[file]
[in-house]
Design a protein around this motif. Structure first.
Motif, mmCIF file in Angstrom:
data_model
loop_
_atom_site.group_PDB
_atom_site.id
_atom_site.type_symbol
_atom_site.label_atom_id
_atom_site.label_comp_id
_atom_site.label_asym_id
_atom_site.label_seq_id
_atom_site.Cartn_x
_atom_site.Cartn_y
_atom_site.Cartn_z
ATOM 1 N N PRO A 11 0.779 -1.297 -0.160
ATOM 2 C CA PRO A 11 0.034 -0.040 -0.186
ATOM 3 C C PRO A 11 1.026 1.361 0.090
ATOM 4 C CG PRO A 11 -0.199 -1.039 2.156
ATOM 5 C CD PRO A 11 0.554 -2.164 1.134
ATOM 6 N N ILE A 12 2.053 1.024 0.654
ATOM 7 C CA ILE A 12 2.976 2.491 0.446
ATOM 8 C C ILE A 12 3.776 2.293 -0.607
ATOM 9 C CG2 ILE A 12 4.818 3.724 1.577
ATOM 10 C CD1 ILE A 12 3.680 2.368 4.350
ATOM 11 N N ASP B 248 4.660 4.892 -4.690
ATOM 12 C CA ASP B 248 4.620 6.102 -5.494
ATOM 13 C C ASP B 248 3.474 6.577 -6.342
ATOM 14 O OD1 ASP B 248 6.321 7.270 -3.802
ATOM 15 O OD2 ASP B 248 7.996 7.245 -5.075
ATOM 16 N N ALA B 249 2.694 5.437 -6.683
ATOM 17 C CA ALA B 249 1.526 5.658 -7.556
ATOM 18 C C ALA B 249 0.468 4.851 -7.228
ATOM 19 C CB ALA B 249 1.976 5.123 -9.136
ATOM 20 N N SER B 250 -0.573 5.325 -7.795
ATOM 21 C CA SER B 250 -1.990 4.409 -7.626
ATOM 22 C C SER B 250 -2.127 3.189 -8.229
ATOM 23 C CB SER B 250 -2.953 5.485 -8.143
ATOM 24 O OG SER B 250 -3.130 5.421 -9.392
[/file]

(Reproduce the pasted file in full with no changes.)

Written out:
[in-house]
Design a protein around this motif. Structure first.
Motif, mmCIF file in Angstrom:
data_model
loop_
_atom_site.group_PDB
_atom_site.id
_atom_site.type_symbol
_atom_site.label_atom_id
_atom_site.label_comp_id
_atom_site.label_asym_id
_atom_site.label_seq_id
_atom_site.Cartn_x
_atom_site.Cartn_y
_atom_site.Cartn_z
ATOM 1 N N PRO A 11 0.779 -1.297 -0.160
ATOM 2 C CA PRO A 11 0.034 -0.040 -0.186
ATOM 3 C C PRO A 11 1.026 1.361 0.090
ATOM 4 C CG PRO A 11 -0.199 -1.039 2.156
ATOM 5 C CD PRO A 11 0.554 -2.164 1.134
ATOM 6 N N ILE A 12 2.053 1.024 0.654
ATOM 7 C CA ILE A 12 2.976 2.491 0.446
ATOM 8 C C ILE A 12 3.776 2.293 -0.607
ATOM 9 C CG2 ILE A 12 4.818 3.724 1.577
ATOM 10 C CD1 ILE A 12 3.680 2.368 4.350
ATOM 11 N N ASP B 248 4.660 4.892 -4.690
ATOM 12 C CA ASP B 248 4.620 6.102 -5.494
ATOM 13 C C ASP B 248 3.474 6.577 -6.342
ATOM 14 O OD1 ASP B 248 6.321 7.270 -3.802
ATOM 15 O OD2 ASP B 248 7.996 7.245 -5.075
ATOM 16 N N ALA B 249 2.694 5.437 -6.683
ATOM 17 C CA ALA B 249 1.526 5.658 -7.556
ATOM 18 C C ALA B 249 0.468 4.851 -7.228
ATOM 19 C CB ALA B 249 1.976 5.123 -9.136
ATOM 20 N N SER B 250 -0.573 5.325 -7.795
ATOM 21 C CA SER B 250 -1.990 4.409 -7.626
ATOM 22 C C SER B 250 -2.127 3.189 -8.229
ATOM 23 C CB SER B 250 -2.953 5.485 -8.143
ATOM 24 O OG SER B 250 -3.130 5.421 -9.392